Autumn Statement 2014 – what can we expect?

George Osborne will use his Autumn Statement to announce a number of new spending commitments ahead of next year’s election. However, with reports suggesting that Government borrowing between April and October increased by £3.7 billion compared to last year, on the back of lower than expected tax returns, the Chancellor’s room for manoeuvre is limited.

The Chancellor will therefore be under pressure to ensure he delivers an Autumn Statement that woos voters ahead of next year’s election without breaking the bank. So what can we expect?


Devolution will be the jewel in the crown of this year’s Autumn Statement with George Osborne taking the opportunity to bring his ‘Northern Powerhouse’ – unleashing the full potential of the North and rebalancing economic growth across the country – a step closer to reality.

He is expected to set out detailed plans for devolution, and of course funding, to Leeds, Sheffield and Manchester. He’s under pressure to offer enough to keep local councils quiet after 119 local councils wrote to the Observer this weekend arguing that they cannot afford any more spending cuts and demanding that taxation and spending is spread out across the UK on a fair basis.


It has been widely reported that there will be measures to help combat tax avoidance by technology companies who base their headquarters offshore. There should also be more details on plans to extend capital gains tax to non-UK residents, so those who buy and sell UK properties from abroad cannot avoid tax. The Government has come under fire for being perceived to focus spending cuts on the poor whilst allowing the rich to avoid paying tax, with Margaret Hodge MP, the outspoken Chair of the Public Accounts Committee, being one of their fiercest critics. They will be hoping these commitments bring them some reprieve in the run up to the election.

However the Treasury has ruled out a cut to tourism VAT despite The Cut Tourism VAT campaign, which argues that the UK’s high VAT rate is hindering the tourism industry to the detriment of the economy, receiving cross-party backing from MPs.

With falling oil prices threatening jobs in the North Sea the Chancellor could also be under pressure to introduce tax breaks for oil and gas operators.


George Osborne announced on the Andrew Marr Show this weekend that the Autumn Statement will include £2 billion of additional funding for the NHS. This is up from the £1.5 billion that Deputy Prime Minister, Nick Clegg said he expected to be included, and which had been widely reported last week.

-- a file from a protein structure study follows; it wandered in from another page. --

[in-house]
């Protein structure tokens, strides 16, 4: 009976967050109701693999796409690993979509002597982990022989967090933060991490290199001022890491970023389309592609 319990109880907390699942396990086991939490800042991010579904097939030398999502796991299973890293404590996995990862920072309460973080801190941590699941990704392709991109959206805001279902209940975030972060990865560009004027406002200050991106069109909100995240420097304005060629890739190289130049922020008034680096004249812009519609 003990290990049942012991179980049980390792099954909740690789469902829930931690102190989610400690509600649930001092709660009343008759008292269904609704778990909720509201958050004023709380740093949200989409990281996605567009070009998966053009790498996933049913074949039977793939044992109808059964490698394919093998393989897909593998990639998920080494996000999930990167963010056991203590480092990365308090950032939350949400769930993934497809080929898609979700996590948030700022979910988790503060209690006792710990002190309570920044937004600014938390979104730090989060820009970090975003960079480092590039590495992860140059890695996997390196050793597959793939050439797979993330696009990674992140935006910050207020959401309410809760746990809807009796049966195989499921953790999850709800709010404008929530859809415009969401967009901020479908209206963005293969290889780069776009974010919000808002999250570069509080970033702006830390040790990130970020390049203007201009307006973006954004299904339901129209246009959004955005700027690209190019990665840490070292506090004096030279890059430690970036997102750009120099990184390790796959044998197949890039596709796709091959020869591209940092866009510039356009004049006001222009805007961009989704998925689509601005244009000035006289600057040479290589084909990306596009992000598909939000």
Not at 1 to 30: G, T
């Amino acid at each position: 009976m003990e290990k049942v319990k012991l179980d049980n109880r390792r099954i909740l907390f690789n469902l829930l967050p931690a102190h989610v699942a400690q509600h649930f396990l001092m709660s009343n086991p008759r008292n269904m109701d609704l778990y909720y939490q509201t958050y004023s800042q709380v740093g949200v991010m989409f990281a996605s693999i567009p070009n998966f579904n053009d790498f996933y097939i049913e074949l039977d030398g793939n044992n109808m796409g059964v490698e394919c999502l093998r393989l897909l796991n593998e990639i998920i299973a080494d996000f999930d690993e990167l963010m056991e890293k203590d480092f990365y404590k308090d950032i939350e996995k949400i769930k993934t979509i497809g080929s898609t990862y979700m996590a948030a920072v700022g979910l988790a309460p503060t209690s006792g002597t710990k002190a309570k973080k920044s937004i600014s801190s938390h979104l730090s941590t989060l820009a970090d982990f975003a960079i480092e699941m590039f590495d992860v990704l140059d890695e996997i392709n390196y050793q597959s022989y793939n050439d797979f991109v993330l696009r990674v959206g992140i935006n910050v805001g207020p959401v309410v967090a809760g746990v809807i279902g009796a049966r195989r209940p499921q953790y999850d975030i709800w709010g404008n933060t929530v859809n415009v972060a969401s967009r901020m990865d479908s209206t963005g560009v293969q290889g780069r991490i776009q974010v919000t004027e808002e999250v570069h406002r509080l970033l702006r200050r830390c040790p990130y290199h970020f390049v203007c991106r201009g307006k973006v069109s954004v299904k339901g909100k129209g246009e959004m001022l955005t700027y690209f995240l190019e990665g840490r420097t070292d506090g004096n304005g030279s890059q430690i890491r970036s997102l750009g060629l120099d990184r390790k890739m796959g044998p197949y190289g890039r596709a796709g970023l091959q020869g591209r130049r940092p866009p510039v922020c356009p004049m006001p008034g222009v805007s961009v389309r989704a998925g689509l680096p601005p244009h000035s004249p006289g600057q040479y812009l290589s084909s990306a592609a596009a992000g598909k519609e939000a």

The Chancellor described the extra funding as a “downpayment” on future injections into the NHS over the next five years, but it is yet to be seen how the Chancellor plans to tackle the £8 billion ‘black hole’ in the NHS budget by 2020 predicted by NHS England Chief Executive Simon Stevens last month.

However, the Chancellor has already come in for criticism today after it emerged that almost a third of the £2 billion is money that has already been allocated to the Department of Health by the Treasury.

Labour is likely to use this revelation to criticise the new funding, and will also contrast it with their own commitment to invest an additional £2.5 billion a year in the health service during the next Parliament.


Ahead of the Autumn Statement the Government has already announced £15 billion for long-term road and rail infrastructure across the country. The funding will be spent on a variety of schemes, including 18 new road schemes worth £2.3 billion for Yorkshire and the north east of England and £800 million for 9 new road schemes in the north west of England. Much of this is further detail on already announced schemes, although it is thought that the exact figures are new information. What we know is that many of the schemes fall within marginal Conservative and Lib Dem constituencies, something which the Opposition will highlight in their response.

Meanwhile in London it is expected that the Chancellor will confirm that funding will be given to extend the Gospel Oak to Barking Line to Barking Riverside, unlocking London’s largest housing development with planning permission for more than 10,000 homes. Connect are particularly delighted by this as we have been working with Barking Riverside for some time to raise its profile and secure this funding.

TfL officials have said they are hoping for a commitment to Crossrail 2 in the Autumn Statement, and George Osborne’s recent comments that “we should look at the case for Crossrail 2” suggests that there may well be some announcement, though probably not funding commitments, on Wednesday.


There will be good news for pensioners as George Osborne is set to unveil his plan to end the 55% tax on inherited pensions when someone dies before the age of 75.

David Cameron pledged to increase the inheritance tax threshold to £1 million during the 2010 General Election campaign and this could be an opportunity for him to make good on that pledge. However, given the OBR announcement on borrowing figures, it’s unlikely he can afford to lose any more tax revenue and so this may be avoided.


Lora Shopova